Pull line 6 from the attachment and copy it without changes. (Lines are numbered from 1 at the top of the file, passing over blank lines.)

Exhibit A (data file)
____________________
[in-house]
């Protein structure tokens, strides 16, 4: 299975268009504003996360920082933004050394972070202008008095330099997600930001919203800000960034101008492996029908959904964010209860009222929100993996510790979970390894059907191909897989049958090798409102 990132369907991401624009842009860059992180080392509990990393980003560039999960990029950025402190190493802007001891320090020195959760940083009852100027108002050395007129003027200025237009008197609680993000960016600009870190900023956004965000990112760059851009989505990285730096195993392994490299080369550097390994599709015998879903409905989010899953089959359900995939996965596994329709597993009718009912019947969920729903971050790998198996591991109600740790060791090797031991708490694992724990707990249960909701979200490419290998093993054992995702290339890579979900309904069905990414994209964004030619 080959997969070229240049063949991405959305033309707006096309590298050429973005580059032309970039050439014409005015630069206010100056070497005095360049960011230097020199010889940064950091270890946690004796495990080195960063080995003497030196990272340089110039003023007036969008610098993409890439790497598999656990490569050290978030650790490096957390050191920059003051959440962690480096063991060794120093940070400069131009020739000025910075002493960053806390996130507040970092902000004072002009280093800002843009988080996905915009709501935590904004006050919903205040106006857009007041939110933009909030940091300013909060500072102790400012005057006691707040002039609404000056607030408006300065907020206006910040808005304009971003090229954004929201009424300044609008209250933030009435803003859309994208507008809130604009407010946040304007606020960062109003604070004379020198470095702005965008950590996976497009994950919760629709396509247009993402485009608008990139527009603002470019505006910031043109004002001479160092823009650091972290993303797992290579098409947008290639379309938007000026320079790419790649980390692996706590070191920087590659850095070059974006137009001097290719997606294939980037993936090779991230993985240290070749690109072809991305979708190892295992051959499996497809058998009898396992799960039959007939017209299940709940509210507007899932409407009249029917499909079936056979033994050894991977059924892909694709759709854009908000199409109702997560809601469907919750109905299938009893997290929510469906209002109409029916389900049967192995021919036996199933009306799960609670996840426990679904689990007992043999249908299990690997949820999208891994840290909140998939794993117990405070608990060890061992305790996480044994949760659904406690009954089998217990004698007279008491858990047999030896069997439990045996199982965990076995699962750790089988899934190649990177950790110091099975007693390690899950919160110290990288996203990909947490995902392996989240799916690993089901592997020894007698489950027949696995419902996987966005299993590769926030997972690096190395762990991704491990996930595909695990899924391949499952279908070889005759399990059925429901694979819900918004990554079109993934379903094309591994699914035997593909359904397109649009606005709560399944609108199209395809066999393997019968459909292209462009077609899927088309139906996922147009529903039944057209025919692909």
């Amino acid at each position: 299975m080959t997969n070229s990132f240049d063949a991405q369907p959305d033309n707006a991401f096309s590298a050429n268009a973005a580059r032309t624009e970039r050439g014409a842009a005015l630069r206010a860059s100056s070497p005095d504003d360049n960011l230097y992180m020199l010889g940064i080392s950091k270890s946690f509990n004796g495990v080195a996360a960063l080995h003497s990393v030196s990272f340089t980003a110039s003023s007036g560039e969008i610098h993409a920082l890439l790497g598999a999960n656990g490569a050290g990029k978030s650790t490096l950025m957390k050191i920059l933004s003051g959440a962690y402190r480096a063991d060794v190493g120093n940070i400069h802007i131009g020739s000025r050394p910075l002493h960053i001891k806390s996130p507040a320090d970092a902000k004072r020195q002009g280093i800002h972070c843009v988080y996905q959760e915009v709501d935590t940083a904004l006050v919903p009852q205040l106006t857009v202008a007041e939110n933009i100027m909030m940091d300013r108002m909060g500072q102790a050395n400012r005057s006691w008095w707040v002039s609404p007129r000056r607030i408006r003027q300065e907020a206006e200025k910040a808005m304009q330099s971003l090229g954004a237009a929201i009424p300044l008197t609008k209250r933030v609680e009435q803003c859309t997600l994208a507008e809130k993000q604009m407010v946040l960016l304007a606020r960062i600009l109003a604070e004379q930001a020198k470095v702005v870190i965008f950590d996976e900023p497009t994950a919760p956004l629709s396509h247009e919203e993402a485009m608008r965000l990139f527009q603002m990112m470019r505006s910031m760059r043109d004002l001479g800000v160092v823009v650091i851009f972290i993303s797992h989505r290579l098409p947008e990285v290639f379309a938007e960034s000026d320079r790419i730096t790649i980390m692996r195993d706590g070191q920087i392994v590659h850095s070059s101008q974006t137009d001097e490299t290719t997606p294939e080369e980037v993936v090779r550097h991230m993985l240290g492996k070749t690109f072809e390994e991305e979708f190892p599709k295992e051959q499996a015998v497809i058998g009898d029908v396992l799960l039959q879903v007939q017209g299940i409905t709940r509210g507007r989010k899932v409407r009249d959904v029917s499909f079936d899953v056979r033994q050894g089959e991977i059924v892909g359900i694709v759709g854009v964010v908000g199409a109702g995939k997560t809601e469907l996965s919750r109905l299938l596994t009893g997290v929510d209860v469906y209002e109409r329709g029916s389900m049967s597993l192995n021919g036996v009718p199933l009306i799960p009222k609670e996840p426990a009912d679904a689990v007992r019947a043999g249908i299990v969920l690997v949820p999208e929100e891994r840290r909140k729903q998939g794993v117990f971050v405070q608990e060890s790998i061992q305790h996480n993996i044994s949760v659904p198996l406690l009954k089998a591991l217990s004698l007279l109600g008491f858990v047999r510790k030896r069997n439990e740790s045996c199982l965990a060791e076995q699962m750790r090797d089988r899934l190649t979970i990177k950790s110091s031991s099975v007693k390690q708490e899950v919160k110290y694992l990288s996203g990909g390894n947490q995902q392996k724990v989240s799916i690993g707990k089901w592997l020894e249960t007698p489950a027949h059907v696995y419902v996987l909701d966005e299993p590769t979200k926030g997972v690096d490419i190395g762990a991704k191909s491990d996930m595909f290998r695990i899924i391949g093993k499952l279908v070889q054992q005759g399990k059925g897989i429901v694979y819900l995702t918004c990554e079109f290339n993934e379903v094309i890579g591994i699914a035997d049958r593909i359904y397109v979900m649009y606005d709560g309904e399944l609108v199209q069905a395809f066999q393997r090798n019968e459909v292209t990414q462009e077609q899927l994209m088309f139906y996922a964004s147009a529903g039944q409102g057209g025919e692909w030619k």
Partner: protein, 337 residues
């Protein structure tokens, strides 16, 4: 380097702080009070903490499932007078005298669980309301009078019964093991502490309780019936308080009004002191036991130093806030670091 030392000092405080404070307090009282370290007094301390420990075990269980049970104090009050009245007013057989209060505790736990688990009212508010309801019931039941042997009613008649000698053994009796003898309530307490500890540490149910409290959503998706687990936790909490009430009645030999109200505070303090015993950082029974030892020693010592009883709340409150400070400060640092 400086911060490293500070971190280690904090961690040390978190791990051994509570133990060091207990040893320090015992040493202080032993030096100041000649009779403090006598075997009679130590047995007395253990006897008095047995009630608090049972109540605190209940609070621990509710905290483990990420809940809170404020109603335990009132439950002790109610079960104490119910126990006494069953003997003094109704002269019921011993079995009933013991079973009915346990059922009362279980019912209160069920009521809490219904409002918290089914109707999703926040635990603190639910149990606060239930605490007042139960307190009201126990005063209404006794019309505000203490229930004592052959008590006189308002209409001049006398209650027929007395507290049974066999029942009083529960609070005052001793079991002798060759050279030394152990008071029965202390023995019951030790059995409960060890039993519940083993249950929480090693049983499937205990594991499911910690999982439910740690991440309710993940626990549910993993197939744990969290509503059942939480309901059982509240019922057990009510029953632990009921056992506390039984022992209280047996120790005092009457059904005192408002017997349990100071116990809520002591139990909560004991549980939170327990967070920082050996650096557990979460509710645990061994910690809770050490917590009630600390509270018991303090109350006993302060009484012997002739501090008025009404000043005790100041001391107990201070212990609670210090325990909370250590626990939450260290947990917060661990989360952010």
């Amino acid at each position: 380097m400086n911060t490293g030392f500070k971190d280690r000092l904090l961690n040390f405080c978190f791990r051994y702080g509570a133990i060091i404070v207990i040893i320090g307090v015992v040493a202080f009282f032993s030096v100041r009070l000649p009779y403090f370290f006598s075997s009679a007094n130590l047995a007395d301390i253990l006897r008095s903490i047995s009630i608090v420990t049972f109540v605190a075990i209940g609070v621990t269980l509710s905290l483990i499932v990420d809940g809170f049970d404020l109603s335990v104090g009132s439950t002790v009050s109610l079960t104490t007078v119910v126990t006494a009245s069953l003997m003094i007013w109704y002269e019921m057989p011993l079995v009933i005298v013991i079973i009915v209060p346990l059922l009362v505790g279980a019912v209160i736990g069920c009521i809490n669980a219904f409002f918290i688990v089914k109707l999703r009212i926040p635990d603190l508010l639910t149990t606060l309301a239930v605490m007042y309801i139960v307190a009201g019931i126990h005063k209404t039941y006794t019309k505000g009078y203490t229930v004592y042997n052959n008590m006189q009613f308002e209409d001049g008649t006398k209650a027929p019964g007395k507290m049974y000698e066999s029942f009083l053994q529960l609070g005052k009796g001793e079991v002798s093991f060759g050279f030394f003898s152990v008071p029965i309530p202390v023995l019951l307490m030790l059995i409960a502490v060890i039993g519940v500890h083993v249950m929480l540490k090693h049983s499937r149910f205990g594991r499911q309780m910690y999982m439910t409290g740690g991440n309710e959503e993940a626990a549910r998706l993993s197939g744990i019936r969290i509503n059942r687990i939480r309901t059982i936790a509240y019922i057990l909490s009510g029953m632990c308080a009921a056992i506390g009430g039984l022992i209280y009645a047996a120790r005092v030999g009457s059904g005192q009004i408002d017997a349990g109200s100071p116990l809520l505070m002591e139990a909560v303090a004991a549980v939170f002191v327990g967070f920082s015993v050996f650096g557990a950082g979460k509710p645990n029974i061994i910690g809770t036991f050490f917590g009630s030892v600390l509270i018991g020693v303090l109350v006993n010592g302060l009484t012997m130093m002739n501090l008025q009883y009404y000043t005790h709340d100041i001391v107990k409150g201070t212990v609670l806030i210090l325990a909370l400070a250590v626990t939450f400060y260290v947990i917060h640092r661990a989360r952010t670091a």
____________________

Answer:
């Amino acid at each position: 380097m400086n911060t490293g030392f500070k971190d280690r000092l904090l961690n040390f405080c978190f791990r051994y702080g509570a133990i060091i404070v207990i040893i320090g307090v015992v040493a202080f009282f032993s030096v100041r009070l000649p009779y403090f370290f006598s075997s009679a007094n130590l047995a007395d301390i253990l006897r008095s903490i047995s009630i608090v420990t049972f109540v605190a075990i209940g609070v621990t269980l509710s905290l483990i499932v990420d809940g809170f049970d404020l109603s335990v104090g009132s439950t002790v009050s109610l079960t104490t007078v119910v126990t006494a009245s069953l003997m003094i007013w109704y002269e019921m057989p011993l079995v009933i005298v013991i079973i009915v209060p346990l059922l009362v505790g279980a019912v209160i736990g069920c009521i809490n669980a219904f409002f918290i688990v089914k109707l999703r009212i926040p635990d603190l508010l639910t149990t606060l309301a239930v605490m007042y309801i139960v307190a009201g019931i126990h005063k209404t039941y006794t019309k505000g009078y203490t229930v004592y042997n052959n008590m006189q009613f308002e209409d001049g008649t006398k209650a027929p019964g007395k507290m049974y000698e066999s029942f009083l053994q529960l609070g005052k009796g001793e079991v002798s093991f060759g050279f030394f003898s152990v008071p029965i309530p202390v023995l019951l307490m030790l059995i409960a502490v060890i039993g519940v500890h083993v249950m929480l540490k090693h049983s499937r149910f205990g594991r499911q309780m910690y999982m439910t409290g740690g991440n309710e959503e993940a626990a549910r998706l993993s197939g744990i019936r969290i509503n059942r687990i939480r309901t059982i936790a509240y019922i057990l909490s009510g029953m632990c308080a009921a056992i506390g009430g039984l022992i209280y009645a047996a120790r005092v030999g009457s059904g005192q009004i408002d017997a349990g109200s100071p116990l809520l505070m002591e139990a909560v303090a004991a549980v939170f002191v327990g967070f920082s015993v050996f650096g557990a950082g979460k509710p645990n029974i061994i910690g809770t036991f050490f917590g009630s030892v600390l509270i018991g020693v303090l109350v006993n010592g302060l009484t012997m130093m002739n501090l008025q009883y009404y000043t005790h709340d100041i001391v107990k409150g201070t212990v609670l806030i210090l325990a909370l400070a250590v626990t939450f400060y260290v947990i917060h640092r661990a989360r952010t670091a």